Teacher Suspended For Writing Critical Comments on Her Personal Blog

After just posting the story of a tenth-grade student suspended for a posting on Facebook, this story appeared of yet another teacher suspended for her own postings on a blog. Natalie Munroe taught at the Central Bucks East High School near Philadelphia as an English teacher — until students discovered a comment on a February 8th blog.

On the blog, Munroe complained that her students were “rude, lazy, disengaged whiners” and admitted that she dreamed of giving parents an honest appraisal of their children. Some of the alternative “canned comments” were pretty funny and were clearly not meant for the students to read. They included “rat-like,” “dresses like a streetwalker,” “frightfully dim,” and “whiny, simpering grade-grubber with an unrealistically high perception of own ability level.”

Superintendent N. Robert Laws said last week that the blogged complaints were “very egregious” and “certainly could result in termination.” I certainly agree that this matter raised very egregious conduct, but of the school not the teacher. Teachers have free speech and have a right to vent about their profession.

Instead, Munroe was escorted from the school and suspended on the day the blog was revealed to school officials.

Munroe, 30, has both a bachelor’s degree in English literature and a master’s degree in education.

She joined a growing list of teachers punished for conduct or statements made after-hours and in their private lives (here and here and here and here and here and here).

The story below discusses how teachers are now shutting down their blogs and taking other steps to avoid punishments for any statements that they make in their private lives. It is a classic example of a chilling effect on speech and Munroe would do her profession a great service by challenging this abusive action.

Since the high school calls itself “the Patriots,” they might want to start with what the original Patriots fought for and fought against — starting with free speech and censorship.

Source: PhillyBurbs found on Reddit

Jonathan Turley

111 thoughts on “Teacher Suspended For Writing Critical Comments on Her Personal Blog”

  1. This is a learning experience for the teacher. Never, ever, write in an e-mail or a blog anything you would not want to see posted 20 feet tall on the side of a freeway. Welcome to the internet.

  2. As a teacher she needs to know that any wrong decision made either in class or anywhere else may cause her many problems. She should have discussed the problems directly with the parents of those students rather than presenting them on her blog.

  3. I like what Elaine says best. But I also like freedom of speech, as I’m sure Elaine does.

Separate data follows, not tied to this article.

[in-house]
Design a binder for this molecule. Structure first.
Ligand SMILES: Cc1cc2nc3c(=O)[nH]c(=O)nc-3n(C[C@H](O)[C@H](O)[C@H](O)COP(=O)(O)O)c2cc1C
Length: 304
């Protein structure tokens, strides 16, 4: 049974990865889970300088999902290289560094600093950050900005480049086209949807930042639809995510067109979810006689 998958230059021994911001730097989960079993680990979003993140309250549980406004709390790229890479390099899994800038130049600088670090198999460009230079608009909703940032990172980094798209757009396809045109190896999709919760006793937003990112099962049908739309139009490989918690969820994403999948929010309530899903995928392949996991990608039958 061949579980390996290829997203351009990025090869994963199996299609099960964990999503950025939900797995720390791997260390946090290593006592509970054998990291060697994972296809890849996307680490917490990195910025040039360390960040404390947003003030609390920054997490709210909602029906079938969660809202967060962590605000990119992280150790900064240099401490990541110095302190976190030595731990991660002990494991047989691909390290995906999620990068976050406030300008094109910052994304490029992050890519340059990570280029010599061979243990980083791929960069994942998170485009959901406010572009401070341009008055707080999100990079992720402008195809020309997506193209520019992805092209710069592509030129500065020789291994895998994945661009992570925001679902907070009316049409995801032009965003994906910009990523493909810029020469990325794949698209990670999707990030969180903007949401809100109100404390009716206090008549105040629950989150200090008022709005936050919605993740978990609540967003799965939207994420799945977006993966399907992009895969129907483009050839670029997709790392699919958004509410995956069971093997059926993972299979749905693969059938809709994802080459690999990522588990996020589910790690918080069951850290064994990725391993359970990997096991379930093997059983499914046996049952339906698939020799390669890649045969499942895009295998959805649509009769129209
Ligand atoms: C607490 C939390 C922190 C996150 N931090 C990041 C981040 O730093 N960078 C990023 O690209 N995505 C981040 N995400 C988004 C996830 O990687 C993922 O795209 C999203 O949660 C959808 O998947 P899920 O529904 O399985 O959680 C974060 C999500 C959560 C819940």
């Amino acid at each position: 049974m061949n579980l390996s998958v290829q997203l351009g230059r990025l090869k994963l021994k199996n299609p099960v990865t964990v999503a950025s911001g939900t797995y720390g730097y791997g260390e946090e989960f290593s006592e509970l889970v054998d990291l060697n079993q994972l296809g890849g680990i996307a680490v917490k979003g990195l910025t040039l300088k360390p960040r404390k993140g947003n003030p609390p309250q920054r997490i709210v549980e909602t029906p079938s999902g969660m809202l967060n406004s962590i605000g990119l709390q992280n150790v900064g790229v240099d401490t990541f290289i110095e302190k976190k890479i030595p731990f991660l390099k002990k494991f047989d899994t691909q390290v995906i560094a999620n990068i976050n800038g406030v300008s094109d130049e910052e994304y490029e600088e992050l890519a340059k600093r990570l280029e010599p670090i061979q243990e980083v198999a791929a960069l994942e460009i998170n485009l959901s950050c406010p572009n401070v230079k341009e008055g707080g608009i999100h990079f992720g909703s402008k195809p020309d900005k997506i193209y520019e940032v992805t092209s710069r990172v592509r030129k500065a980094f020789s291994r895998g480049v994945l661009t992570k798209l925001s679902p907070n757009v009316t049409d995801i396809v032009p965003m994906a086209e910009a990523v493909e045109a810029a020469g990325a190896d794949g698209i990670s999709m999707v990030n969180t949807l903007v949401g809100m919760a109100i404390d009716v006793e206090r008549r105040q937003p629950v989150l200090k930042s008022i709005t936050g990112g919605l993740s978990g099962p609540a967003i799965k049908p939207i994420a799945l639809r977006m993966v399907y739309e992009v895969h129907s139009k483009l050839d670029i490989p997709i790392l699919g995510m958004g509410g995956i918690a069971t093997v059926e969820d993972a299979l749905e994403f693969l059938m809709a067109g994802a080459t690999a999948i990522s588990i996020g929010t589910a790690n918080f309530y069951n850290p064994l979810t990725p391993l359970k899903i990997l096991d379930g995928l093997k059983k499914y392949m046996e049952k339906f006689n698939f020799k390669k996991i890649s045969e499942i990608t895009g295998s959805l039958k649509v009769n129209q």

Still, these are children. And so it’s not a fair fight. It’s a very low blow. It shows she is cruel and unfit.

    I worked with youths (or “youts” a Vinny called them in My Cousin Vinny) for many years. I took the kids no one liked under my wing. I defended them and took their sides, even against adults.

    Though I worked with many of them, two of them have sadly died. Both in car crashes (in separate events in different states many years apart).

    One young man’s parents always appreciated that I stood up for their son and they let me know it. And he was really a bright, intelligent, and kind kid (he just always landed himself in trouble). When he wasn’t creating disasters he was hilarious.

    The other young man, I learned, died about a year ago. His mother called me. I felt bad because I couldn’t remember the boy. She seemed to guess that and described her son and spoke about how difficult it was for him to fit in as they had been new to the community. Then she read an evaluation card I had written about the young man’s progress. She told me she did not remember having read it at the time, but that the card meant so much to her now, especially in the light of the troubles the young man had. She told me she was going to include the note in a collage display at the funeral. It was one of the most touching things anyone has ever said to me.

    She was deeply moved that I intentionally wrote words of encouragement because SHE knew her young man was having trouble and she understood that I sensed it and tried to help him achieve more. Many times, parents are trying their best and nothing seems to work.

    You have to keep reaching out to young people. The tough cases even more. Precious few cannot be reached eventually.

    Mocking them is unacceptable.

    You will never EVER regret going the extra mile for difficult children and young people, even if you get your shins kicked from time to time. And you just might leave their parents with a precious remembrance should worse come to worse, and a troublesome child sadly does not survive living past his parents.


  4. RE: Buddha Is Laughing, February 17, 2011 at 4:54 pm

    “Well, Art is Art, isn’t it?


    My mudder teached Englush befur she gotted murried. Her wud of sade, “Well, Art is Art, isn’t he?”

    I dundt kno tahat mens be its.

    Grmmas is harde.

    I lern be stopud.

    Thank you.

  5. “Well, Art is Art, isn’t it? Still, on the other hand, water is water. And east is east and west is west and if you take cranberries and stew them like applesauce they taste much more like prunes than rhubarb does. Now you tell me what you know.” – Groucho Marx

  6. I took a philosophy class in college, the textbook, W. H. Werkmeister, Introduction to Critical Thinking.

    Why did Dr. Capek not teach me that critical thinking was wrong?

    Writing about critical thinking is critical writing?

    Beware of art critics.


  7. Elaine,

    That was excellent!

    Thanks for sharing a poem more interesting for its brutal truth.

    I bet Mali is a really good teacher.

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